Valeant, Capstone Higher But For Opposite Reasons

One company is a serial acquirer that faces a busted deal. The other just transformed the company in one fell swoop. Investors are cheering both today.

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The Motley Fool

Is that a whiff of corporate acquisition activity hitting the headlines?  And a completed deal in the mining space to boot?  Wow!

Shares of Capstone Mining (TSX:CS) and Valeant Pharmaceuticals (TSX:VRX,NYSE:VRX) are up by about 3% today.  One because they completed a deal.  The other because they didn’t.

The deal that clicked

Capstone announced the $650 million acquisition of BHP Billiton’s (NYSE:BHP) Pinto Valley mine in Arizona.  A combination of cash and credit will be used to fund the acquisition that will double the company’s production and firmly places Capstone amongst the world’s leading mid-tier copper producers.

Prior to this deal, Capstone carried no debt on its balance sheet and was therefore in a very good position to go shopping for assets.

Some view the price Capstone paid as too high.  Deutsche Bank had the value pegged at just $274 million, while RBC saw $600 million as a break-even price.  Capstone sees lower than expected cash costs of $1.80/lb over the next five years and a reserve base that could grow as justification for the price paid.

This deal takes BHP’s total asset sales over the past five months to $5 billion as the global miner trims its non-core operations.

And the one that didn’t

It appears that last week’s rumours of an all-stock merger between $22 billion Valeant and $13 billion Actavis (NYSE:ACT) will remain just that after talks reportedly broke down over the weekend.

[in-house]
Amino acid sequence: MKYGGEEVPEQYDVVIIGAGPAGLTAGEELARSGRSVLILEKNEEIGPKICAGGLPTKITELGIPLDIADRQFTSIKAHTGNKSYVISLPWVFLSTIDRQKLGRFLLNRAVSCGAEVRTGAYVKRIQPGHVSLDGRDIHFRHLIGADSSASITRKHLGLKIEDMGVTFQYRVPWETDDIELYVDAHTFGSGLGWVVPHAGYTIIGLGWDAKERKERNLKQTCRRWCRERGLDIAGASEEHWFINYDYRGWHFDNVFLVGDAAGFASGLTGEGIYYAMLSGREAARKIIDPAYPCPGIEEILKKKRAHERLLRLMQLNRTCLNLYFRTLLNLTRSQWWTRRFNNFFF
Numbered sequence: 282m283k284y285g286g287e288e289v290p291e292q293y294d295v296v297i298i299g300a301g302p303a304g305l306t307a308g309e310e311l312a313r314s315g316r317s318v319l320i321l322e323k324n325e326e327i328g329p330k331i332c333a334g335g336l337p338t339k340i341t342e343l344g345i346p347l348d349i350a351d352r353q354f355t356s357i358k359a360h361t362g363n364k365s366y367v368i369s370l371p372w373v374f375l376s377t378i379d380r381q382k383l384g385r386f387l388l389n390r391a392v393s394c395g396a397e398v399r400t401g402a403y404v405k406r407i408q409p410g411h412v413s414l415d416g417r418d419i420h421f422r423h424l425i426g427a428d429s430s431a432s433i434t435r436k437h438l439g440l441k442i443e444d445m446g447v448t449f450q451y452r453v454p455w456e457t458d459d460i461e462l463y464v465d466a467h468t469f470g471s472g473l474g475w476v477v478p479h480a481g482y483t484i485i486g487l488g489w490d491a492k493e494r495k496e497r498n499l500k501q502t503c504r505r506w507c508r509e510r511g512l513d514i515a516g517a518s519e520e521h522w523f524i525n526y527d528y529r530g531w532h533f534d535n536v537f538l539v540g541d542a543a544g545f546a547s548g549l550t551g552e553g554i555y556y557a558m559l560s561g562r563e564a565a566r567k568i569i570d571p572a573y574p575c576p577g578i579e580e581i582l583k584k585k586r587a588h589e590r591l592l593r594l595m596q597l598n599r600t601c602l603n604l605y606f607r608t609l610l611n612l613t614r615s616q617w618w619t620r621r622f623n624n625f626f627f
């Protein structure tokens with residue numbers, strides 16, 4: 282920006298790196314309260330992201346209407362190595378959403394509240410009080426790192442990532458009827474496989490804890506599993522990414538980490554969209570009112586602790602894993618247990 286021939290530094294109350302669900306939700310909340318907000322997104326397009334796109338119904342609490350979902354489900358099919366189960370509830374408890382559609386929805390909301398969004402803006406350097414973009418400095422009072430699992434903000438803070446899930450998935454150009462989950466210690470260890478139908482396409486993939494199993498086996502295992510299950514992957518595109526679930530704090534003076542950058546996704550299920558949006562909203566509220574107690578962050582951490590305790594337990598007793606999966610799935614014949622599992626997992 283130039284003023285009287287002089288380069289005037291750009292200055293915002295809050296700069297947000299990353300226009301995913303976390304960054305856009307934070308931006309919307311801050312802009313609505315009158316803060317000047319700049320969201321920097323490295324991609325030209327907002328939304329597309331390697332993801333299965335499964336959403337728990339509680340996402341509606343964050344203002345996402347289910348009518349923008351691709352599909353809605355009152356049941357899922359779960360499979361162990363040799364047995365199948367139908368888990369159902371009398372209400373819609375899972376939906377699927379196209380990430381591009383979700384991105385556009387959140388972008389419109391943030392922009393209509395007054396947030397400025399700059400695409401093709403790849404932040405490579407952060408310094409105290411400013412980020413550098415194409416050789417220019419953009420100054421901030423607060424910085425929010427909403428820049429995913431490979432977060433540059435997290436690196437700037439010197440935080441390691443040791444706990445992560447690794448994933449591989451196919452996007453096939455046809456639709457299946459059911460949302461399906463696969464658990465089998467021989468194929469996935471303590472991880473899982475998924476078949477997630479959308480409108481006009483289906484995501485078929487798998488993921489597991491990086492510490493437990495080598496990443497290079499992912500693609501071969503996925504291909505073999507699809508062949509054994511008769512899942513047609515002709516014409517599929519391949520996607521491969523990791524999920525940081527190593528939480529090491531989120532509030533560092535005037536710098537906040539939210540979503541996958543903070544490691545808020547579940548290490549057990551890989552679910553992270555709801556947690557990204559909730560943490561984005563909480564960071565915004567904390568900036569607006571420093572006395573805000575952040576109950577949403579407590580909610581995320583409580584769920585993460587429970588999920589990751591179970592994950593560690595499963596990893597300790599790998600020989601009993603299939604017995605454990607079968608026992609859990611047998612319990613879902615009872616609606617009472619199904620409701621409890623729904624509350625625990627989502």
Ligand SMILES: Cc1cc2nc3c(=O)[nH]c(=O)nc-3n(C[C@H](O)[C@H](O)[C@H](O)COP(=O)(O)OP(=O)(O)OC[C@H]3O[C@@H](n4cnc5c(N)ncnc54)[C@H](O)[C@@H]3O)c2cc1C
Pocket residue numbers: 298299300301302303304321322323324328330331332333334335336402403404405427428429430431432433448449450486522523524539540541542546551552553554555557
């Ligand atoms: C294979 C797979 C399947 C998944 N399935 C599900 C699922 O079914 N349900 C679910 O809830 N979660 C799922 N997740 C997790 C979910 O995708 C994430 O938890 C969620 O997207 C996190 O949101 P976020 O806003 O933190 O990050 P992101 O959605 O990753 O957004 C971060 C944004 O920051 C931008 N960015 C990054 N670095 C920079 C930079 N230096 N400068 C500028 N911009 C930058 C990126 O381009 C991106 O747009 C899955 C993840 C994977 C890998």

From a balance sheet perspective, this deal looks frightening.  Although Actavis’ debt/equity ratio of 167% is relatively gorgeous compared to Valeant’s 297%, both are high.  Real high.

Valeant’s strategy to seemingly buy up everything in sight comes with a high-degree of risk.  At some point, they are bound to bite off more than they can chew.  These Valeant deals may look good in an analyst’s spreadsheet today, but that debt load is going to come back to bite if interest rates don’t co-operate.  Careful with this one.

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Fool contributor Iain Butler does not own any of the companies mentioned in this report at this time.  The Motley Fool does not own shares in the companies mentioned. 

This article represents the opinion of the writer, who may disagree with the “official” recommendation position of a Motley Fool premium service or advisor. We’re Motley! Questioning an investing thesis — even one of our own — helps us all think critically about investing and make decisions that help us become smarter, happier, and richer, so we sometimes publish articles that may not be in line with recommendations, rankings or other content.

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